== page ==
The South African pig industry is no different from other pig industries in the world when it comes to sow lameness. The prevalence of sow lameness typically ranges from 6% in problem-free herds to up to 30% in problem herds. Lameness costs pig producers millions of rands in lost productivity.
The prevention of lameness is particularly important in young sows, as they will soon be the most productive animals in the herd, if lameness is prevented.
An ongoing local research project shows that more than three quarters of the sows assessed for lesion scoring had a lesion in more than one claw which, depending on the severity of the lesions, can lead to a high incidence of lameness. Of the 701 sows assessed at various abattoirs, 50% of sows had a score of 1, while 26% had a score of 2 or 3 (Figure 1).
A complex issue
Lameness is a multifactorial problem that can be caused by nutrition, management, environmental issues and genetic factors. Housing and flooring types, such as crates versus group housing, also have a significant impact on the prevalence of lameness. Rough concrete slats can damage claws and even tear off dewclaws or horn wall capsules.
Finally, little is known about how vitamins affect lameness. A biotin deficiency could, for example, favour the onset of lameness, because it is a vitamin considered essential for correct claw formation.
The lesions of greatest concern are those that penetrate the horn wall moving into the corium of the foot, where they cause an inflammatory response, such as sidewall cracks of the outer horn wall or white line lesions. Lameness is mostly the result of inflammation accompanied by pain.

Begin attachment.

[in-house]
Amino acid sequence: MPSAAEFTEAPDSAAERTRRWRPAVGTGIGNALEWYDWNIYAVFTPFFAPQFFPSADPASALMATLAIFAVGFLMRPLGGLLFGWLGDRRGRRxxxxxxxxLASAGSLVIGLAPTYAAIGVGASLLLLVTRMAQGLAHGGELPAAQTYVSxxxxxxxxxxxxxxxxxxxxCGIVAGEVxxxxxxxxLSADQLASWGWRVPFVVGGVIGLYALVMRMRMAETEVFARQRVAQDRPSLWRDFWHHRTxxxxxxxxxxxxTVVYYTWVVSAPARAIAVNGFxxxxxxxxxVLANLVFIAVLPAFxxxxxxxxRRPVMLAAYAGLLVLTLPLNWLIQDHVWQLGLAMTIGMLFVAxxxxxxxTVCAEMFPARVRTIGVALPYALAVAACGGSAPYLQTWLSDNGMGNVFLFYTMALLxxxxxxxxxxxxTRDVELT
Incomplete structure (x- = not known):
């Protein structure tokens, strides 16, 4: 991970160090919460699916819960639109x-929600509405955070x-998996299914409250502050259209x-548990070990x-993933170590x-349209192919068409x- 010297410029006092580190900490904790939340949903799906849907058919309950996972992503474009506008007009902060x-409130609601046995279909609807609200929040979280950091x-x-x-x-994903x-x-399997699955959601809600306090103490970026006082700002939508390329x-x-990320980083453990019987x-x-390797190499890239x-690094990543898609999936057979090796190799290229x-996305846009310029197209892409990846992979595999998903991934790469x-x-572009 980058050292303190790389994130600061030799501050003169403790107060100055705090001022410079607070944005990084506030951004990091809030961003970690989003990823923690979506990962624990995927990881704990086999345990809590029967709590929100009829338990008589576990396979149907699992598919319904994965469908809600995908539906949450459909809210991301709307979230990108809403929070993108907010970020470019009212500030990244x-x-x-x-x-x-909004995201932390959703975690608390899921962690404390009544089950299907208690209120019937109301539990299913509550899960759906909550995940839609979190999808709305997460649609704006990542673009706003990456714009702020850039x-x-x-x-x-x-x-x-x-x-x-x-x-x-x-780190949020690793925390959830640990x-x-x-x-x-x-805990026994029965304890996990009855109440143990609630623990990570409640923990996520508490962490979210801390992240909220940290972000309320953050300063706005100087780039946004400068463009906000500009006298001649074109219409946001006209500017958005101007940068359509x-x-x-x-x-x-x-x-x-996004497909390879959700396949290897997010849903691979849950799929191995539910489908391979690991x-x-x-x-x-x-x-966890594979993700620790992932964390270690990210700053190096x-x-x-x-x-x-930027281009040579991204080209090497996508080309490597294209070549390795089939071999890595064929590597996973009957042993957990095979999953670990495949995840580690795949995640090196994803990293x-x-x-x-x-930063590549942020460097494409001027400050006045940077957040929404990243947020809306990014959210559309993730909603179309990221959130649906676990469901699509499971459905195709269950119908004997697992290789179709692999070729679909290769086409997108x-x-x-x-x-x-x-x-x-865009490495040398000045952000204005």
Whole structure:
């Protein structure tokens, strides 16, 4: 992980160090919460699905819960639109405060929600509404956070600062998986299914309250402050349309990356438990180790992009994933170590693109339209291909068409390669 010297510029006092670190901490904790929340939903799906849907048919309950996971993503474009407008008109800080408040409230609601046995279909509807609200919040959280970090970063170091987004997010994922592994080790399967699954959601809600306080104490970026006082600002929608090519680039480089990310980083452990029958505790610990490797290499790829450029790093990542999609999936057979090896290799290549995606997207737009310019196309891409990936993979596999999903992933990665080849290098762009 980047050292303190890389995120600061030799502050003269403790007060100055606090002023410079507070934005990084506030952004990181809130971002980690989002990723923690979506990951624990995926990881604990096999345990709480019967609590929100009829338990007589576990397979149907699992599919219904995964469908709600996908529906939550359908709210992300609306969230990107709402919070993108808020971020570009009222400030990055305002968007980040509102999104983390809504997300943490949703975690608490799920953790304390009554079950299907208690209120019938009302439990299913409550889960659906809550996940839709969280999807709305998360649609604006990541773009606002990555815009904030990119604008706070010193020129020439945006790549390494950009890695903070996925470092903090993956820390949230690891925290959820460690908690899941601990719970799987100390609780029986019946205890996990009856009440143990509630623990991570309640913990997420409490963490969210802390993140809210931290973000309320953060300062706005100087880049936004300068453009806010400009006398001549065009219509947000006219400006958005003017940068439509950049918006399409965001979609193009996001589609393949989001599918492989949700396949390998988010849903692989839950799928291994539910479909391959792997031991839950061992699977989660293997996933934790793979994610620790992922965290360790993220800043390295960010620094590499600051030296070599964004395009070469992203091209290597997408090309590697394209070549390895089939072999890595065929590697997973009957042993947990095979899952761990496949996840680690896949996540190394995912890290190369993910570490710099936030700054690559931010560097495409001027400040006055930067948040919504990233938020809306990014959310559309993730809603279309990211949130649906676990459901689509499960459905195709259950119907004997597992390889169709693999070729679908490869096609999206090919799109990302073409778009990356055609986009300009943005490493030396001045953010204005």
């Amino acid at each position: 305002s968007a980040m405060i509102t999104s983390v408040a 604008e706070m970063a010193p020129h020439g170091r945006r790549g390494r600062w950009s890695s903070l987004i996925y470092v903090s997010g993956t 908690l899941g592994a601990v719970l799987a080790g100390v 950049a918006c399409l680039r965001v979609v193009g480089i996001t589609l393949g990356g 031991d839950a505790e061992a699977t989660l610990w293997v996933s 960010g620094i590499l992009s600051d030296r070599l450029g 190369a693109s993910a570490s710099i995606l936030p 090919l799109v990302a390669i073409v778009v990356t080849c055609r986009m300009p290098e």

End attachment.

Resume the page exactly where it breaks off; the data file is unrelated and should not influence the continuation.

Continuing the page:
Sows with chronic lameness frequently exhibit decreased feed intake, which tends to affect reproductive performance. Inflammation also causes other changes in the body, disrupting the way nutrients are utilised; it may even have an impact on ovulation.
Since the implementation of group housing in 2013, sows have been engaging in movement and competition activities more frequently. In group housing one can expect an increase in the removal of sows due to lameness, a consequent decrease in sow longevity and an increase in the costs this entails. Nutrition, including the re-evaluation of trace minerals in the diet, is one area that can be managed to try and compensate for a decline in longevity.
Trace mineral nutrition
Researchers are currently investigating on-farm solutions to help prevent lameness and improve animal welfare related foot problems. Interestingly, some research has shown that trace mineral mixes containing complexed zinc, manganese and copper can help improve sow claw health while contributing to the general welfare of the sows.
Trace minerals are required for the normal development and functioning of the body. They are essential for the metabolic, endocrine and physiological control of growth, reproduction and immunity. However, compared with the requirements for energy and amino acids, mineral requirements are not as well defined despite their importance to overall herd health and productivity.
Trace mineral requirements are difficult to establish. Estimates are generally based on the minimum amounts required to overcome deficiencies rather than to optimise productivity, or indeed to enhance immunity.
Most of the studies aimed at establishing mineral requirements in general, and trace nutrients in particular, were carried out pre-1990 and may not be relevant to modern sow genotypes with their considerably raised levels of productivity. For example, Newton and Mahan (1995) showed that there was significant mineral depletion from the bodies of sows after they had weaned their third litter of piglets, compared with non-bred animals of similar age that were fed the same dietary levels of inorganic minerals.
This suggests that the inclusion of inorganic minerals in the diet of modern hyper-prolific sows may not meet their needs; hence the interest in organic minerals. These are chelated minerals in which the trace mineral is chemically bound to a single amino acid. In this form the minerals are more available and bio-active, resulting in a significant metabolic and productive advantage.
Sows with chronic lameness frequently exhibit decreased feed intake, which tends to affect reproductive performance.